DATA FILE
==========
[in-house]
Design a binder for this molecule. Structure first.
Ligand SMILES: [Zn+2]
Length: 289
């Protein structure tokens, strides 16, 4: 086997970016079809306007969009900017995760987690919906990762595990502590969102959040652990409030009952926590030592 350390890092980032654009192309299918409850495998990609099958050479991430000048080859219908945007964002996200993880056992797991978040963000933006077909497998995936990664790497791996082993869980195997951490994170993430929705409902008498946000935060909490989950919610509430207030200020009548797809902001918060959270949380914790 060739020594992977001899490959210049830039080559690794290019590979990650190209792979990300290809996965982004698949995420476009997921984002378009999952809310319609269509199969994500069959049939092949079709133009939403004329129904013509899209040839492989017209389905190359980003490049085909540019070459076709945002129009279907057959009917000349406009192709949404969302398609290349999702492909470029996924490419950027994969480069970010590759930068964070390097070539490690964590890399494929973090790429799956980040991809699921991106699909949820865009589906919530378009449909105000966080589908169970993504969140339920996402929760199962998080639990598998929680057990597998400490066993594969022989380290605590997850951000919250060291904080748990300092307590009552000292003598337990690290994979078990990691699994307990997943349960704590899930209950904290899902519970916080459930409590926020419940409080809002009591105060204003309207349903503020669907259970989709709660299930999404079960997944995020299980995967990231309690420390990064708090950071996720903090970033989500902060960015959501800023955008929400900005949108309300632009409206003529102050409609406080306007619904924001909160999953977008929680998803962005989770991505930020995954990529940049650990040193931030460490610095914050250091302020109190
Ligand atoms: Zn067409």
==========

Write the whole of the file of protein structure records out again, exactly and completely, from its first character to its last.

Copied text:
[in-house]
Design a binder for this molecule. Structure first.
Ligand SMILES: [Zn+2]
Length: 289
């Protein structure tokens, strides 16, 4: 086997970016079809306007969009900017995760987690919906990762595990502590969102959040652990409030009952926590030592 350390890092980032654009192309299918409850495998990609099958050479991430000048080859219908945007964002996200993880056992797991978040963000933006077909497998995936990664790497791996082993869980195997951490994170993430929705409902008498946000935060909490989950919610509430207030200020009548797809902001918060959270949380914790 060739020594992977001899490959210049830039080559690794290019590979990650190209792979990300290809996965982004698949995420476009997921984002378009999952809310319609269509199969994500069959049939092949079709133009939403004329129904013509899209040839492989017209389905190359980003490049085909540019070459076709945002129009279907057959009917000349406009192709949404969302398609290349999702492909470029996924490419950027994969480069970010590759930068964070390097070539490690964590890399494929973090790429799956980040991809699921991106699909949820865009589906919530378009449909105000966080589908169970993504969140339920996402929760199962998080639990598998929680057990597998400490066993594969022989380290605590997850951000919250060291904080748990300092307590009552000292003598337990690290994979078990990691699994307990997943349960704590899930209950904290899902519970916080459930409590926020419940409080809002009591105060204003309207349903503020669907259970989709709660299930999404079960997944995020299980995967990231309690420390990064708090950071996720903090970033989500902060960015959501800023955008929400900005949108309300632009409206003529102050409609406080306007619904924001909160999953977008929680998803962005989770991505930020995954990529940049650990040193931030460490610095914050250091302020109190
Ligand atoms: Zn067409």